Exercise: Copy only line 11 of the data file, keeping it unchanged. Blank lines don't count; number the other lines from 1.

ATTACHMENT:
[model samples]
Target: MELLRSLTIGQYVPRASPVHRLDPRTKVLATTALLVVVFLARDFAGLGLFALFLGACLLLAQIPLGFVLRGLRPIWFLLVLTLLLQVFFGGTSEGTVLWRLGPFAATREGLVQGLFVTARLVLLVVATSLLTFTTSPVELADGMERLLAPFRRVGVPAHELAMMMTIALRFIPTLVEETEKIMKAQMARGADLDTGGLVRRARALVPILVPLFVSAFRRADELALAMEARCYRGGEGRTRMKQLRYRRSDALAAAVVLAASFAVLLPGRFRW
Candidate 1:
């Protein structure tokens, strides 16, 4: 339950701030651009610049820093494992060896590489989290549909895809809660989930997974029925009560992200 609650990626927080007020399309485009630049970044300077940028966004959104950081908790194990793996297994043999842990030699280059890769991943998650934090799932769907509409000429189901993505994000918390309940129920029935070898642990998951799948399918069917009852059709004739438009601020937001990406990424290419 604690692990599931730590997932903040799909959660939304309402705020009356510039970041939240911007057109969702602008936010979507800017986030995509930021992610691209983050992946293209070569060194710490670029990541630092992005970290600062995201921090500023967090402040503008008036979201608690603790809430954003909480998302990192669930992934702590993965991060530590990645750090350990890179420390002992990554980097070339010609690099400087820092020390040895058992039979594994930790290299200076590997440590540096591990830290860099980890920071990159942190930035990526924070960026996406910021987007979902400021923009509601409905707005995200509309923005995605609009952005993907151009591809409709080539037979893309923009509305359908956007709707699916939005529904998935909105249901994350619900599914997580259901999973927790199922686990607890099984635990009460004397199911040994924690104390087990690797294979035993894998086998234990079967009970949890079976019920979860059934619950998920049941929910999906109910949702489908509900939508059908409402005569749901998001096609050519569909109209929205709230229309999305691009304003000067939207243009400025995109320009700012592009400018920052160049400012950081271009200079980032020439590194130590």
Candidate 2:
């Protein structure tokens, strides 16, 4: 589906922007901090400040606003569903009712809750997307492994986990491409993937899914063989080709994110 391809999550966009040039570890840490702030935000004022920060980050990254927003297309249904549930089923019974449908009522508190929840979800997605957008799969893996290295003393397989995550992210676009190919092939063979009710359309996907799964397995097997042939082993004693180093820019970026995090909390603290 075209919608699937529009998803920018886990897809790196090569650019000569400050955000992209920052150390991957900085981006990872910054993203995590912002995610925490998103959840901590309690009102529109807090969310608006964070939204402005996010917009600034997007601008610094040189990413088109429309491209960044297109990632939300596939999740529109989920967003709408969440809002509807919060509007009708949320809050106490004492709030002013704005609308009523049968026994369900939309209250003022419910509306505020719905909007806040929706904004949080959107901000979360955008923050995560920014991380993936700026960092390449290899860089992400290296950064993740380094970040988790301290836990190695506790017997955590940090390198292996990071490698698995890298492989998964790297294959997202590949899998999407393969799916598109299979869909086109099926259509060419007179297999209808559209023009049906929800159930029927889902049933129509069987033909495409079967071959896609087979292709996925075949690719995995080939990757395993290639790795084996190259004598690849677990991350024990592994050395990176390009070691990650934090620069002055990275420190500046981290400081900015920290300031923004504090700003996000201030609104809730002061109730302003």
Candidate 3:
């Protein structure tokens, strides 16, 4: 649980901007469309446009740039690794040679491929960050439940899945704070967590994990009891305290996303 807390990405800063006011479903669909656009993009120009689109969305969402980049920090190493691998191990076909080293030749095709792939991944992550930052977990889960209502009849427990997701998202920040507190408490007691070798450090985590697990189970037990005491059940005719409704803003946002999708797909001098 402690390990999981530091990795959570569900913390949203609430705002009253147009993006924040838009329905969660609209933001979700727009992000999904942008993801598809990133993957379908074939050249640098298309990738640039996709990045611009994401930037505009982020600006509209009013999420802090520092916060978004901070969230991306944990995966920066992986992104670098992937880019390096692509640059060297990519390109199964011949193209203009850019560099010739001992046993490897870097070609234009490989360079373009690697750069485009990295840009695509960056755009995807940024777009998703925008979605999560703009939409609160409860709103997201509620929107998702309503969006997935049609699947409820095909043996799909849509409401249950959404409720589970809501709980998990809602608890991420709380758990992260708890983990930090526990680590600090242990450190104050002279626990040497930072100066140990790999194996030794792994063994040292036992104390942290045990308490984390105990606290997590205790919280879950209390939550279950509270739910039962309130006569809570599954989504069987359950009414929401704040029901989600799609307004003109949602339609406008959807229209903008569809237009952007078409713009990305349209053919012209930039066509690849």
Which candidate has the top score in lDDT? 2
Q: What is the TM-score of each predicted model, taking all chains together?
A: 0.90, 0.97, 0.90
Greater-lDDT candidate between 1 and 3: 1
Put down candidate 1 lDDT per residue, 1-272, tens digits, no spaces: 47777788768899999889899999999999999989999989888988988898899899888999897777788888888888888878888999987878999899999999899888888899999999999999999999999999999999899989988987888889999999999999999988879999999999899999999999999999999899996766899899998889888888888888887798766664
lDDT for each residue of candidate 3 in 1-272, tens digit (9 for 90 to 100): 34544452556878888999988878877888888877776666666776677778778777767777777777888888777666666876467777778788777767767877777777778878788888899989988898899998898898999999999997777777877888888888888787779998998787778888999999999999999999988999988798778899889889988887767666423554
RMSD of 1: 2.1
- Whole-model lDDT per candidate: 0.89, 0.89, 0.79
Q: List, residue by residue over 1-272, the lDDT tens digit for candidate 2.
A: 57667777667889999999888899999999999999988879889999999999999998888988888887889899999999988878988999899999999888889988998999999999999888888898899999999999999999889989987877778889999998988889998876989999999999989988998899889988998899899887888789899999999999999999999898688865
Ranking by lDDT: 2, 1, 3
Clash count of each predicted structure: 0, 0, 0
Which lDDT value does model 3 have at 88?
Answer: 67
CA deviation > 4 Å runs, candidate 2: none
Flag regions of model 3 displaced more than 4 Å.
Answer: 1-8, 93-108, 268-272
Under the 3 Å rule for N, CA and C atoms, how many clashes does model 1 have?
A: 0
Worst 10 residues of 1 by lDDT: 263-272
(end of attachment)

A: 0.90, 0.97, 0.90